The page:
Once you have invested in the training, all you need is symbol making software (communicate in print, matrix maker etc), a laminator, laminating pouches and velcro. A very small price to pay to teach someone to communicate! The key is to utilise every possible opportunity to teach communication techniques. If you are struggling on how to do this, have a look at this bubble chart of ideas…

Visual Communication throughout the day

From my experience of PECS, here are a few tips;

  • The programme has strict phases which need to be followed! As trainers, staff need to ensure they understand the phase they are teaching to allow the student to complete it appropriately.
  • Do not start the next phase until the student is confident to do so (this means completing the current phase with different motivators, staff, settings etc).
  • Never dismiss a potential motivator…in the past we have had punch pocket, potato and an empty water bottle to name a few!
  • A student is never ‘too young’ to communicate!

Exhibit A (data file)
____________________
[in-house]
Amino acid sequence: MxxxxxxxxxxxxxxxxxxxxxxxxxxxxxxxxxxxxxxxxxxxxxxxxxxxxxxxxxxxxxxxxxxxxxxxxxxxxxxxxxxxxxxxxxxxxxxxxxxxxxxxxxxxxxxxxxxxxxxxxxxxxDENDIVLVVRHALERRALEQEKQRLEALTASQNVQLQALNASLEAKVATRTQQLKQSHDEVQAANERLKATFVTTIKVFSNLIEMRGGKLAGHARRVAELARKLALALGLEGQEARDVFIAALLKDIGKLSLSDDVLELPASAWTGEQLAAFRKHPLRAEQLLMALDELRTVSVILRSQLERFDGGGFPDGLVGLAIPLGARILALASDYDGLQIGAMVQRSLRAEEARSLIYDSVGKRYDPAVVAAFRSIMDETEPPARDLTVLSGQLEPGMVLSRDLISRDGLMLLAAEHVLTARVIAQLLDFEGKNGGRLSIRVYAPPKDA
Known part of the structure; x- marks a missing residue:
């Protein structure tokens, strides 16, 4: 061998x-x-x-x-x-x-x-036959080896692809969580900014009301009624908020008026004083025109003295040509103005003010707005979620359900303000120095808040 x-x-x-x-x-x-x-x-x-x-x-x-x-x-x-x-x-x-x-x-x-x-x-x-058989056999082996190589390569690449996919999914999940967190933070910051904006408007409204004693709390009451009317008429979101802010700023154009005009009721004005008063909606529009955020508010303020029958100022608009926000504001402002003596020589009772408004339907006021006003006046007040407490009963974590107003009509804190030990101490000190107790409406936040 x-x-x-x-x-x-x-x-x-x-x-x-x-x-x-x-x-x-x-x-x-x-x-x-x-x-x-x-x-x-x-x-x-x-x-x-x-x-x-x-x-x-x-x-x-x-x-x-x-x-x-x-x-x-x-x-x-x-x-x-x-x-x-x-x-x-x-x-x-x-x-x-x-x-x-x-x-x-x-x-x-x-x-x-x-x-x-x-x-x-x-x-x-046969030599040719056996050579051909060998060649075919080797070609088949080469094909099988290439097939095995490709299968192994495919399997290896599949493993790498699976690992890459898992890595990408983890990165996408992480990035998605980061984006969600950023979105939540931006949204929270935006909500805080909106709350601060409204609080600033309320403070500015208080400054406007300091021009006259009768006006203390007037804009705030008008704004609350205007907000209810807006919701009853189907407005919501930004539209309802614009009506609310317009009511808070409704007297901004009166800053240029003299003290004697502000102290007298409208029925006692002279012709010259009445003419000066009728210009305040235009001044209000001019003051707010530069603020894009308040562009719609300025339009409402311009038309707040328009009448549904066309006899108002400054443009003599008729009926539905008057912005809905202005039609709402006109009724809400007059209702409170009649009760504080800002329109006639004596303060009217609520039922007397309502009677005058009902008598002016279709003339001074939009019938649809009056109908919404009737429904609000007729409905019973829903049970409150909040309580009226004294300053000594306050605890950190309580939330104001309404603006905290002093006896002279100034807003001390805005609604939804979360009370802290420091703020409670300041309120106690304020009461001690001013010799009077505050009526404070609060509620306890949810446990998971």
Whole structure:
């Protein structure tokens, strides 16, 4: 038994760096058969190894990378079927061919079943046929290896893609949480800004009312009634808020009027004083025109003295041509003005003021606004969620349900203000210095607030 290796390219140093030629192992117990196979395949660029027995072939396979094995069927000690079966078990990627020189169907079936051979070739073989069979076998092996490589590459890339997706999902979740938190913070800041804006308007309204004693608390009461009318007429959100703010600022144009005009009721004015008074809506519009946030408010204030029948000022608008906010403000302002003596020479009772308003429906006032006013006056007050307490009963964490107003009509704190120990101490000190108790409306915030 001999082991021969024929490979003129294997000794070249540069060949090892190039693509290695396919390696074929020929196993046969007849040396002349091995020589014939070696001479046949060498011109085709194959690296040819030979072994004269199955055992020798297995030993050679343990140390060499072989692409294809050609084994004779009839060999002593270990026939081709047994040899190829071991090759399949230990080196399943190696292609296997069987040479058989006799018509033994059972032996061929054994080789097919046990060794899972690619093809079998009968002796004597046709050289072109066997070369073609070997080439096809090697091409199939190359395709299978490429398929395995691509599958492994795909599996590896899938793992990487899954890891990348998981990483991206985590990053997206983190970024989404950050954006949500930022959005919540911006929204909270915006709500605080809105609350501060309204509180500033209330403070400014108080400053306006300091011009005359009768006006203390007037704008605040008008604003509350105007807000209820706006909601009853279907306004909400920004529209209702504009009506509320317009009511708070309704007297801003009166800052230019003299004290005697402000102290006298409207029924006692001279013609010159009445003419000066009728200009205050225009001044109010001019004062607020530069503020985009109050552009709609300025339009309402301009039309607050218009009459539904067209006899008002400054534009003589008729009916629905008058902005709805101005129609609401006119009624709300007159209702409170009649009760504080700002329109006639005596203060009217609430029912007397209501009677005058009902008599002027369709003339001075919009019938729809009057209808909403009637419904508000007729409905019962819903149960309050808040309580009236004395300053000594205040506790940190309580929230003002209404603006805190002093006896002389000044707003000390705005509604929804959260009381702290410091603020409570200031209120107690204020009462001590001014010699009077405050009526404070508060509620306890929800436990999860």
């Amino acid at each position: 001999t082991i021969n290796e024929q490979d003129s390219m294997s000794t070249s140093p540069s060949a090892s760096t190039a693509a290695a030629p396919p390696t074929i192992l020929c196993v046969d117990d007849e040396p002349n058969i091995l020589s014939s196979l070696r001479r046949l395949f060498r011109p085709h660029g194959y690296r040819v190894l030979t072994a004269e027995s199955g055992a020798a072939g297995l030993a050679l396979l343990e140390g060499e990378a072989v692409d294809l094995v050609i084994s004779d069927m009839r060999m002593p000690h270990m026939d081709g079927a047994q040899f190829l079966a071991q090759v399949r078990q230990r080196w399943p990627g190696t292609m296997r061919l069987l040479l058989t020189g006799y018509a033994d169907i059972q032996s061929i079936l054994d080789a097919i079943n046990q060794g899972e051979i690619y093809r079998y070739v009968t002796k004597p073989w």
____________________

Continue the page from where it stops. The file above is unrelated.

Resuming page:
• Remember there is a difference between PECS and visual schedules! PECS refers to the 6 phase communication programme.
  • Elements of PECS can be used in lots of activities, for example, ‘error correction’ is great to convey to correct answer in subjects, e.g ‘where is the big square?’

Thank you Carol Gray for Social Stories!


Social stories are a great way of helping a person with ASD understand what is going to happen in a given situation, how they may feel during this time, and what actions they can take to end the experience positively. A young person may exceed our expectations with how well they cope with one situation and then surprise us with how they may find other situations particularly difficult. It may be helpful to have a ‘stash’ of social stories to edit and print when difficulties arise or to prepare for a situations that may cause anxiety.

A few points to remember;

  • Social stories should have an introduction, middle and positive ending. The ‘story’ should be accompanied by appropriate photos or pictures.
  • Questions should be answered; What will happen? How will I feel? When will it happen? Why does it happen?
  • The social story should appeal directly to the individual. Where possible, use interests and information that the young person can relate to. The cognitive ability of the child should be reflected in how and what is written in the social story – do not use complicated or too much language for a small child who wouldn’t understand. Similarly, the social story could be turned into a magazine article or comic strip for those older, more able students. There are also some new social story apps available for iPad.